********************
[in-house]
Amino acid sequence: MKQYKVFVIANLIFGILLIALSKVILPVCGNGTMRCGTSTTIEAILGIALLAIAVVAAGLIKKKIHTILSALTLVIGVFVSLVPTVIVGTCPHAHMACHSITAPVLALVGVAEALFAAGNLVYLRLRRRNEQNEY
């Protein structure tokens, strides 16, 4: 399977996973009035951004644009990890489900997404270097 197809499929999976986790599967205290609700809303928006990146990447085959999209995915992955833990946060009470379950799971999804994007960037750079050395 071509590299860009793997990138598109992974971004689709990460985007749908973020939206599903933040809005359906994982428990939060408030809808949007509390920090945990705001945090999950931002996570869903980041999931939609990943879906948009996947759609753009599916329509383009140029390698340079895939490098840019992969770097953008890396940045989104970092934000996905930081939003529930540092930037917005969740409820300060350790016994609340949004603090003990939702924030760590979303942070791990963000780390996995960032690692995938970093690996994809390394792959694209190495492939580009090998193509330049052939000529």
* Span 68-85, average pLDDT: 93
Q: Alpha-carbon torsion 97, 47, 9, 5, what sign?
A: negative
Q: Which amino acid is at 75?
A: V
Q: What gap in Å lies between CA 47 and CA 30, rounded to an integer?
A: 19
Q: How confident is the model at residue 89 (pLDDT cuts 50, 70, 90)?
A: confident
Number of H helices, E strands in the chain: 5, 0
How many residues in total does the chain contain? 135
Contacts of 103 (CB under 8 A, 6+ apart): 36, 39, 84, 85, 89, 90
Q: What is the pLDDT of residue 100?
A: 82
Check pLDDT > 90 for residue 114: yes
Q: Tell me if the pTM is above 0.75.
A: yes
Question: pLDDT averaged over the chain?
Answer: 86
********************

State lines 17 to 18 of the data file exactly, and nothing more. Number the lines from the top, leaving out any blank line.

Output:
A: 82
Check pLDDT > 90 for residue 114: yes